The question of construction in the time of coronavirus is one answered city-to-city. There is no Federal mandate, and it has left developers—particularly those with multiple projects in different markets—to investigate if construction can continue under shelter-in-place restrictions. At present, the regulations around construction during the pandemic vary significantly market-to-market.

“With no universal federal ruling in place, cities and states are scrambling to determine whether construction is an essential service,” David Alvarado, an attorney with the Los Angeles offices of commercial real estate law firm Crosbie Gliner Schiffman Southard & Swanson, tells “A mixture of city and state executive orders and rulings create a complicated patchwork as to what it means to be a critically important business. Boston was one of the first cities to suspend construction activity, issuing an order providing that only emergency work would be allowed. The neighboring city of Cambridge joined the moratorium and will allow construction only with permission from either the Commissioner of Inspectional Services or the Commissioner of Public Works. Pennsylvania’s Governor has taken the stance that construction is nonessential and has stopped all projects. New York initially allowed construction, but as of March 27, New York State banned all non-emergency construction.”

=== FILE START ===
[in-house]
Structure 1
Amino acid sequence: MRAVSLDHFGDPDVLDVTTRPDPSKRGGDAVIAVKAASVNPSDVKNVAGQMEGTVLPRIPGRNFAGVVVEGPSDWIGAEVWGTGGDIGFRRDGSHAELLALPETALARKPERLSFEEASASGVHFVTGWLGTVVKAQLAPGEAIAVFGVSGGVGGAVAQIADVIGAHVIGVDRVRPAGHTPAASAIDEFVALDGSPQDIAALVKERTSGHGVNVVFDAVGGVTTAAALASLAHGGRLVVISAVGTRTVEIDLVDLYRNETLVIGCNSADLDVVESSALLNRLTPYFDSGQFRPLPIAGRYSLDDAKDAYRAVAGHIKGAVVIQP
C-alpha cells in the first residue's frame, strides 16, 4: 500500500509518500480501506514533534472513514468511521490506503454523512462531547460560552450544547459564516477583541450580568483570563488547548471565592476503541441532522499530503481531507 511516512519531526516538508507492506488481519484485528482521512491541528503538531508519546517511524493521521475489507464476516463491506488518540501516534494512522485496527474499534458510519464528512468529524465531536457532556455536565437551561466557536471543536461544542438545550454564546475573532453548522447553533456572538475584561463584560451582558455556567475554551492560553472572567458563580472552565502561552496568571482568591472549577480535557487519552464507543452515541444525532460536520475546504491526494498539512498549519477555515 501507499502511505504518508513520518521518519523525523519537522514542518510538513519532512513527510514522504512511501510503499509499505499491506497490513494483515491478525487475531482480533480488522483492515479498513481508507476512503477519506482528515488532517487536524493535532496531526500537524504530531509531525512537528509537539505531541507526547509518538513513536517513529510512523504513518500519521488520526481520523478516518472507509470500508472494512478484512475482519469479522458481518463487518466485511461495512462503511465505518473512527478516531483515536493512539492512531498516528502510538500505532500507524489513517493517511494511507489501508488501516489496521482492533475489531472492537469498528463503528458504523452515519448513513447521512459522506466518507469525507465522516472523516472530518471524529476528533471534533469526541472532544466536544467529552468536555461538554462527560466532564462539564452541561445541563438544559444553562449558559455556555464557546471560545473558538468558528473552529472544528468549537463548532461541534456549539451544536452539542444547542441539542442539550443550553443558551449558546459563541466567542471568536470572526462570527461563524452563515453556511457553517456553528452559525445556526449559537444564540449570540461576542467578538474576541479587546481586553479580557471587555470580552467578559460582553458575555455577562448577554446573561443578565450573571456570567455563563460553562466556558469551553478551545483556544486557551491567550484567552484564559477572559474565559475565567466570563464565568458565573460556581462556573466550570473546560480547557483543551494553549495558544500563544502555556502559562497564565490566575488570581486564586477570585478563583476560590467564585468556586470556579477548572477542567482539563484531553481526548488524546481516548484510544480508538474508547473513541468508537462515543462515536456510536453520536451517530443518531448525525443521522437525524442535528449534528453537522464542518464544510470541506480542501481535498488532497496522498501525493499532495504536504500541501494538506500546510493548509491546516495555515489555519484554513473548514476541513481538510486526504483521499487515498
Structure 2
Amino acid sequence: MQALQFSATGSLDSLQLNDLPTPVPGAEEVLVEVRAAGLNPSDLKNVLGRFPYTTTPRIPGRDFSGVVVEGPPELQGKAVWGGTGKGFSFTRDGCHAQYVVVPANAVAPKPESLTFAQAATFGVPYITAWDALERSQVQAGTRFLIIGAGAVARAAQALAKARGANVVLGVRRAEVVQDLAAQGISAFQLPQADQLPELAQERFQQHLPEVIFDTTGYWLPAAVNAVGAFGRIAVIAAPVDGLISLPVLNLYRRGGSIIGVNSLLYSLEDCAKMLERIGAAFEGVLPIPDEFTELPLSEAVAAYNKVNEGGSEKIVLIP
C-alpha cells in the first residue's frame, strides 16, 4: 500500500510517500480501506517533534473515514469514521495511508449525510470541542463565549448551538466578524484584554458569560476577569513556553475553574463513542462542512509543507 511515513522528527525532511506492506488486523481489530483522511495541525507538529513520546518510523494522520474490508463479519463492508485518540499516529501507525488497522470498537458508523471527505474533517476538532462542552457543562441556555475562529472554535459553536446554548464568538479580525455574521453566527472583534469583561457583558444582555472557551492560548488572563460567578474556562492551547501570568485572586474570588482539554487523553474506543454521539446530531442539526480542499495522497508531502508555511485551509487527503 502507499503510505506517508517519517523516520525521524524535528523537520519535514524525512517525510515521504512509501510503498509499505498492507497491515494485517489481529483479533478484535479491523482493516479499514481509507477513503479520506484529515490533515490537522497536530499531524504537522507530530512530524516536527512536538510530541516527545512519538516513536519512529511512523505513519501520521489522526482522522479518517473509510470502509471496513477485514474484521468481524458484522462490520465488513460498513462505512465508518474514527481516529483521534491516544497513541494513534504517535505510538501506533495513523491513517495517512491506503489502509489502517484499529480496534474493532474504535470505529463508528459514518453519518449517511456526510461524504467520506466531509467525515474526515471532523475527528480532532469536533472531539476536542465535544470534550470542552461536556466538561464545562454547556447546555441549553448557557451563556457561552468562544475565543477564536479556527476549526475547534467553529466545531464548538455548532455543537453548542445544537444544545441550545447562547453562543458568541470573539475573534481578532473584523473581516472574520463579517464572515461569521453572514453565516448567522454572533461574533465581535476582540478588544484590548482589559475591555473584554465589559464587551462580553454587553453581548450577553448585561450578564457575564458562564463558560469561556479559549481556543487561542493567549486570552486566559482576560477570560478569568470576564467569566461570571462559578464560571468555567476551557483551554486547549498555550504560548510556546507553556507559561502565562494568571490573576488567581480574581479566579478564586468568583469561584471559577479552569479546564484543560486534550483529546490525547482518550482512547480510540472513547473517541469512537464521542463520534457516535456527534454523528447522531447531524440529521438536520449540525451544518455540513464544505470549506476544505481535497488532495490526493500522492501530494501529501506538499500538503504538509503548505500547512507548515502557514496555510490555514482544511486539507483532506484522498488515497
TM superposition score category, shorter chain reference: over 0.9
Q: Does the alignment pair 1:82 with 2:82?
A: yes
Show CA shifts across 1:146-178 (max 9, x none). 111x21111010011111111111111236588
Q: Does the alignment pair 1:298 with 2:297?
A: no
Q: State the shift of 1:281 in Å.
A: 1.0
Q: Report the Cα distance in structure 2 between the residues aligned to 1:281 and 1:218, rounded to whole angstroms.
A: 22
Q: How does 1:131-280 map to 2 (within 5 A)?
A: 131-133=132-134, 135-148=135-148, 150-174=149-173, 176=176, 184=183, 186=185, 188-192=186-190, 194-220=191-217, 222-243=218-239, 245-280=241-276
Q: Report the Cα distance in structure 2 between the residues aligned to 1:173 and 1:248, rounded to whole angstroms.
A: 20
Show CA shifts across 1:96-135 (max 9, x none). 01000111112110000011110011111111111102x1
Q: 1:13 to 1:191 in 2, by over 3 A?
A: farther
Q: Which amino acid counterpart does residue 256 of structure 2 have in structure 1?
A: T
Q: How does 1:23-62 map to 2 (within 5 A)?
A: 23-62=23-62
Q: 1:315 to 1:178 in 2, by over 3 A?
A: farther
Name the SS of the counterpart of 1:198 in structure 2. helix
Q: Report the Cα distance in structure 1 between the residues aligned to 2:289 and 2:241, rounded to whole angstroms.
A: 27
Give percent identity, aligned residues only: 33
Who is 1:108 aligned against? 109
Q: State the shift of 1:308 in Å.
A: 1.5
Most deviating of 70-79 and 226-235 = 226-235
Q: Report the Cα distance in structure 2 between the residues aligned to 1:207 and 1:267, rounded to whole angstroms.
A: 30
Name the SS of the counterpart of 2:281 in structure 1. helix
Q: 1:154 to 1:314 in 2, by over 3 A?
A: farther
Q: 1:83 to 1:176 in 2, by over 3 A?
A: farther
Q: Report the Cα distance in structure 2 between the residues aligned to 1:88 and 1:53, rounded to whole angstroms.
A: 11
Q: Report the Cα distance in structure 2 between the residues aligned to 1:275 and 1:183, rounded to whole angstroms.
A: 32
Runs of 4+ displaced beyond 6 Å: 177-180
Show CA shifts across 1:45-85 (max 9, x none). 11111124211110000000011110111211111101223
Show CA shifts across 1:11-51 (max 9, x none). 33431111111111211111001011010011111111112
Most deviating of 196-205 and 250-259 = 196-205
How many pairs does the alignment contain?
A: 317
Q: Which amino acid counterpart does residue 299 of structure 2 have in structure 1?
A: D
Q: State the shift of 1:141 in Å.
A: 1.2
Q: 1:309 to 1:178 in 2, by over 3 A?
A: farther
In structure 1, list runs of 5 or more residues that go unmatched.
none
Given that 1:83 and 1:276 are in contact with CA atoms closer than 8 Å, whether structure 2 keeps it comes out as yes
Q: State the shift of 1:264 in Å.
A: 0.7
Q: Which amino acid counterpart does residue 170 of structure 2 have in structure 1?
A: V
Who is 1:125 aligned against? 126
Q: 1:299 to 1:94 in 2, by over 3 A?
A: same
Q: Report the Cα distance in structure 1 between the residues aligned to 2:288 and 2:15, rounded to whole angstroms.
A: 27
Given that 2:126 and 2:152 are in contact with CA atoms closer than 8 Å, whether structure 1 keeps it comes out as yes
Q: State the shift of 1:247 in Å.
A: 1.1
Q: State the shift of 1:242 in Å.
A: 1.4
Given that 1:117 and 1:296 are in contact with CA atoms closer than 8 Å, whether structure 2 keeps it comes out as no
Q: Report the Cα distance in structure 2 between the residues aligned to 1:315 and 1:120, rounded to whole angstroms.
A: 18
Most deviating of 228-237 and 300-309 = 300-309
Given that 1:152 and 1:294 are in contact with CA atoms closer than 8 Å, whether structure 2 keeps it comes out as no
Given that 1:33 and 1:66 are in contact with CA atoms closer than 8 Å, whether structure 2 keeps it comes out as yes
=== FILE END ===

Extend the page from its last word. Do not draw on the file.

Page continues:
On the West Coast, however, construction has been deemed essential, and many developers are still carrying on with construction activity. “In California, Gavin Newsom’s executive order deemed construction an essential service,” says Alvarado. “However, certain counties in the Bay Area have issued a shelter-in-place order halting projects that are strictly commercial but allowing all housing projects to continue—market rate, affordable, and mixed-use. In Los Angeles and San Diego, construction projects are deemed essential and allowed to continue.” However, some developers in the Los Angeles area are reporting an increase in available labor as some projects have voluntarily halted.

However, the construction rules in San Diego refer to existing projects, not new starts. “Note that much of the information above applies to existing projects currently under construction,” says Alvarado. “With so many local government and city planning offices closed or not fully staffed, obtaining necessary permits is extremely complicated right now, leaving many completely new construction projects at a standstill.”

Even the markets that allow construction aren’t a guarantee. “The rules are continuing to change as the pandemic evolves and more and more cases are discovered. “As outbreak numbers escalate, rules continue to change,” says Alvarado. “Right now, construction work is considered relatively safe because workers are mostly outside and can maintain safe social distance.”